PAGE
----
Cory Schneider signs 7-year extension with Devils

The New Jersey Devils confirmed Wednesday that they signed goalie Cory Schneider to a seven-year contract extension worth $42 million US.

Goaltender committed to New Jersey through 2021-22 NHL season

Cory Schneider went 16-15-12 with a 1.97 goals-against average last season. (Paul Bereswill/Getty Images)

The New Jersey Devils signed goaltender Cory Schneider to a seven year, $42-million US contract extension.

"The first word that comes to mind is excitement," Schneider said on Wednesday.

"I always wanted to be a New Jersey Devils goaltender for a long time. I think it's something we both wanted to get done.

"We were both on the same page. They showed a tremendous commitment to me and I'm glad to see that we got it done.

"i didn't need to hear about free agency. I knew how the Devils felt about me.

"They believed in me and had faith in me. I just wanted to be here."

The 28-year-old Schneider would have been an unrestricted free agent at the end of the 2014-15 season, but this contract keeps him with New Jersey through the 2021-22 NHL season.

It's the longest contract given to a Devils goaltender.

Schneider is replacing Martin Brodeur as the Devils' top goalie. The 42-year-old Brodeur is still an unrestricted free agent and is looking to sign on with another club.

"I wouldn't say there's sadness," Devils president and general manager Lou Lamoriello said. "Marty had a tremendous career with us and he's always going to be a Devil.

"His legacy is what it is. We had a decision to move going forward with Cory.

"Marty was excited for us when we got Cory and has tremendous respect for him as an individual. We're going from one great goaltender to another."

'Tremendous respect for Marty'

Schneider said that he didn't want to be known as the goalie who replaced the Devils legend.

"I'm not looking at this as I'm replacing Marty Brodeur," Schneider said. "I think I'm more continuing the legacy of great goaltending in New Jersey.

"I have a tremendous amount of respect for Marty. He and I got along so well.

"So that made it easier. I'm sure it was difficult for Marty, but this just shows the commitment the organization has made to me."

Schneider was acquired by the Devils from the Vancouver Canucks at the draft in June 2013. He posted a 16-15-12 record in 45 games with New Jersey last season and posted a 1.97 goals-against average, third best in the NHL.

Schneider didn't think being a possible free agent after next season without a contract extension would have been a problem.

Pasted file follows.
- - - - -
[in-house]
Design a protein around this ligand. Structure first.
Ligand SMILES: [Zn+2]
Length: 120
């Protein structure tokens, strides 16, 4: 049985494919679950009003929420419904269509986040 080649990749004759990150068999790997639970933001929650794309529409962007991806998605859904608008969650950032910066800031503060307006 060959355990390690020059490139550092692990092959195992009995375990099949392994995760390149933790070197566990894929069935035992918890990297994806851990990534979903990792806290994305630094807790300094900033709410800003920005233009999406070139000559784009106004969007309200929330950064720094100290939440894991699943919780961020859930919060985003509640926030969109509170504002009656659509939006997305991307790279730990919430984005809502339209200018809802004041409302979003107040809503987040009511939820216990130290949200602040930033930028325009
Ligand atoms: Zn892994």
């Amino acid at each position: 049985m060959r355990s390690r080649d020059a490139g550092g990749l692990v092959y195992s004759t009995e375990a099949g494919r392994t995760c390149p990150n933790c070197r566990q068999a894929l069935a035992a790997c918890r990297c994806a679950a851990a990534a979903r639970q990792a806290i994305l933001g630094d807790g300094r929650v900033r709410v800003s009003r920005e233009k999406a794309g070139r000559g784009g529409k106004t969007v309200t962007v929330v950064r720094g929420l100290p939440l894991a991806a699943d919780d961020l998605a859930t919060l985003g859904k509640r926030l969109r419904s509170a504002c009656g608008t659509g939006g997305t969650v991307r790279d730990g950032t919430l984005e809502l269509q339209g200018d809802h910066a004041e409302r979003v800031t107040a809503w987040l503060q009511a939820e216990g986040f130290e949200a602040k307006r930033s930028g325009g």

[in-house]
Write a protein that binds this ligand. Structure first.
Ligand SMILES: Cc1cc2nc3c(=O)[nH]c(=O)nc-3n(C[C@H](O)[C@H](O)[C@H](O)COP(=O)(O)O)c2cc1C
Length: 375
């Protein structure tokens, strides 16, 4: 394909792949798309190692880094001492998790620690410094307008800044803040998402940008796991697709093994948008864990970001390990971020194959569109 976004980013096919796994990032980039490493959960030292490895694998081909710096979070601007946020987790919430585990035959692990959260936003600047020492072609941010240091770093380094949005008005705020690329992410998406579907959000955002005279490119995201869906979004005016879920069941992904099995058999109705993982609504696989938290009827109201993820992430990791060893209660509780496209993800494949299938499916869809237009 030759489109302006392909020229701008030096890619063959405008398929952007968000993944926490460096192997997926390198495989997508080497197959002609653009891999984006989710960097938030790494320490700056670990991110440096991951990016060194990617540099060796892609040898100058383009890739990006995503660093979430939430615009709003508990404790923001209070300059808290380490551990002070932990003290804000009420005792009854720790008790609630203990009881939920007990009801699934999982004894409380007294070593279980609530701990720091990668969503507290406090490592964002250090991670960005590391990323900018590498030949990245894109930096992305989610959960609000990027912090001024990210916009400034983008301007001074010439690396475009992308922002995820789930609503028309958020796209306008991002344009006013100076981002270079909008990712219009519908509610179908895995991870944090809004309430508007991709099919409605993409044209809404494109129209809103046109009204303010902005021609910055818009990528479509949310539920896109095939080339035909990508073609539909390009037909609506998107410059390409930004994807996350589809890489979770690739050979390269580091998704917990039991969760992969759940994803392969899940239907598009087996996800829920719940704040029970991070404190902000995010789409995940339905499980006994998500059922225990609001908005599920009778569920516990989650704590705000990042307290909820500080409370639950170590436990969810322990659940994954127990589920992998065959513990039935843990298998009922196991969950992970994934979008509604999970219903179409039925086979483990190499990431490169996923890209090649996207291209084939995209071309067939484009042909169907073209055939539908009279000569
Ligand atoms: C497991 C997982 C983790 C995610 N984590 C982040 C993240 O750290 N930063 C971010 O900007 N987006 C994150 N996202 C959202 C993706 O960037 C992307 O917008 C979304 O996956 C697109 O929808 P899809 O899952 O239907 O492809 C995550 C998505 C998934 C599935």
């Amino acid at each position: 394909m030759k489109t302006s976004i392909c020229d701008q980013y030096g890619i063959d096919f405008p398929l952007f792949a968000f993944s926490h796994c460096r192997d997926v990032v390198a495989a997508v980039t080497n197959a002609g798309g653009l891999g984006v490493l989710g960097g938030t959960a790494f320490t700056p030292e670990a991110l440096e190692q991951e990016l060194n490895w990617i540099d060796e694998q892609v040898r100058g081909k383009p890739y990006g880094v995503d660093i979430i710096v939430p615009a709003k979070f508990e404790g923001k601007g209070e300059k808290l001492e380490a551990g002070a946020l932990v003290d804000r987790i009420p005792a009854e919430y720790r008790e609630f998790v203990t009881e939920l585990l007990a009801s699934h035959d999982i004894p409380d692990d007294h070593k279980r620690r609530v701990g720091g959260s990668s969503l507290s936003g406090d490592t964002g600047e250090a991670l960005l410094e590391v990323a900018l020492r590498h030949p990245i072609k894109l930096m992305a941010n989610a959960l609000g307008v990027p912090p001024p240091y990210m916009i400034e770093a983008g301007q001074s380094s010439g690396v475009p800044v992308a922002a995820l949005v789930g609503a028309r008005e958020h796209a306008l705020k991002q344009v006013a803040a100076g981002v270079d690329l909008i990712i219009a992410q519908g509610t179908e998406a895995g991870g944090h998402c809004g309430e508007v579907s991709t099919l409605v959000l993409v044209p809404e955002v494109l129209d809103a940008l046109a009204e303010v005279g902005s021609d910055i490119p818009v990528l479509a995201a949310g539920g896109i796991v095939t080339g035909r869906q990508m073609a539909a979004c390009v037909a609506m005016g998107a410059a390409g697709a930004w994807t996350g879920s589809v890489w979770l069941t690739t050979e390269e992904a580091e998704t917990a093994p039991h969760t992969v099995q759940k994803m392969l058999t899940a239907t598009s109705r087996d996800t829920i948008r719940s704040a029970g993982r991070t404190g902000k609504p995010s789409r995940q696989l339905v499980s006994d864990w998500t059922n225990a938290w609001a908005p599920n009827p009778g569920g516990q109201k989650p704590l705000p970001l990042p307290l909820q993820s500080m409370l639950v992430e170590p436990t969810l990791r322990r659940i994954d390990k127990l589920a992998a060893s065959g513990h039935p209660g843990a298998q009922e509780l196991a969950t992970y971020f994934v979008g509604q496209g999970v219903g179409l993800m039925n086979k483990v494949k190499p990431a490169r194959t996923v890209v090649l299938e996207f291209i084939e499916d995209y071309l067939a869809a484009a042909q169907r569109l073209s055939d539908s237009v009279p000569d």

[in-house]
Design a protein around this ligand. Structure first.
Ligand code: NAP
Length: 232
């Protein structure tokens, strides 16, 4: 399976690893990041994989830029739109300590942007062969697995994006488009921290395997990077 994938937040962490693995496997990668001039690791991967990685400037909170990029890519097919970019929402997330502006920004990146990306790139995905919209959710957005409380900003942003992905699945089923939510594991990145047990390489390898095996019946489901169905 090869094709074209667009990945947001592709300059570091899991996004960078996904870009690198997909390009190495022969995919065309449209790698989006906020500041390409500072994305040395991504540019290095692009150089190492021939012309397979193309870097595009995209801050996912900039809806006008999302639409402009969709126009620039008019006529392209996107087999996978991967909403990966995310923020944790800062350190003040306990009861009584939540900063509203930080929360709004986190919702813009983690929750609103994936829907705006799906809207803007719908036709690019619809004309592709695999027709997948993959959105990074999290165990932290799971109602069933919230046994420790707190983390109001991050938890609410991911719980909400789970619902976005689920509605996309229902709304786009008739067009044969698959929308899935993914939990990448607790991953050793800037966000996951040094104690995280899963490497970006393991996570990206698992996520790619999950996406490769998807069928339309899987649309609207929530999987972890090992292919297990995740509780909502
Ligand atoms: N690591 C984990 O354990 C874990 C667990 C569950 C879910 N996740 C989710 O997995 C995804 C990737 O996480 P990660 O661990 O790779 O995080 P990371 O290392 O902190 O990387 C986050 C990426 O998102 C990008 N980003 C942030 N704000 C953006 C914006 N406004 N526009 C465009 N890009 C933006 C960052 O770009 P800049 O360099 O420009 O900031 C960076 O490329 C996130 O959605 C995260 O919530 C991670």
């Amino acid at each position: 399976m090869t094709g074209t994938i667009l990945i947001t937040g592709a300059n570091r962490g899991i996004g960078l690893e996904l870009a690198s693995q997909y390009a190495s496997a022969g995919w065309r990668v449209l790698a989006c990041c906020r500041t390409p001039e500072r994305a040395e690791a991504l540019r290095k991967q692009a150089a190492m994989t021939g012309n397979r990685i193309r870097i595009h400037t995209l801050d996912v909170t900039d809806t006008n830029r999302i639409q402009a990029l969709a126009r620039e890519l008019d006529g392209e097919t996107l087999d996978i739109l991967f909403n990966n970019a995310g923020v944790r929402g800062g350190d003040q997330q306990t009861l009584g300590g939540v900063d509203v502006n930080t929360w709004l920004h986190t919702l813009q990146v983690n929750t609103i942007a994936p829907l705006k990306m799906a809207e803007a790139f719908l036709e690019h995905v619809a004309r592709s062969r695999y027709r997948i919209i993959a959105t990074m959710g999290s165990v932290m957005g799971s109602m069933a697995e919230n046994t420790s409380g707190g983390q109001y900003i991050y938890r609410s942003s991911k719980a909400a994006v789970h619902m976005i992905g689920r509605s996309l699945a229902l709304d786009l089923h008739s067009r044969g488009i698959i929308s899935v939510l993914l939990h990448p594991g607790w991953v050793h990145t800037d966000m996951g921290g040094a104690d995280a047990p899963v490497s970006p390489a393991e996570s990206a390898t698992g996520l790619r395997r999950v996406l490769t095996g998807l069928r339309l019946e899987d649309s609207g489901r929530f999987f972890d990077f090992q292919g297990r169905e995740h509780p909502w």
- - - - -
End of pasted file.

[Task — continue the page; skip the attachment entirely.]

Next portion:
"I don't know how it was going to play out," Schneider said. "But I knew that the team thought highly of me."

"The timing was right," Lamoriello said. "We had the opportunity to acquire Cory last year at the draft.

"We knew we did the right thing in making the trade. Rather than waiting, we thought we could do this now.

"It's a commitment for today and for a number of years to come. Cory has played a high level for a long time."

Lamoriello said that he has been an avid fan of Schneider from his prep school days in Marblehead, Massachusetts.

"I've seen Cory play since prep school [Phillips Academy] and college [Boston College]," Lamoriello said. "I saw his ability and character.

"He's an outstanding goaltender. I think he's one of the best in the league."

Lamoriello signed forwards Mike Cammalleri and Martin Havlat last week when the free agent period began July 1.

"Right now, we feel very good about what has transpired," said Lamoriello, whose team failed to make the playoffs for the second straight year and third time in the past four seasons.

"We feel we've acquired some good people up front and we're going to let our young people in defence play, giving them the opportunity. We're consistently looking at ways to get better.

"I don't think we ever stop trying to get better."

"I'm excited about the acquisitions we've made," Schneider said. "I think the ownership has made a strong commitment to have a good team."


To encourage thoughtful and respectful conversations, first and last names will appear with each submission to CBC/Radio-Canada's online communities (except in children and youth-oriented communities). Pseudonyms will no longer be permitted.

By submitting a comment, you accept that CBC has the right to reproduce and publish that comment in whole or in part, in any manner CBC chooses. Please note that CBC does not endorse the opinions expressed in comments. Comments on this story are moderated according to our Submission Guidelines. Comments are welcome while open. We reserve the right to close comments at any time.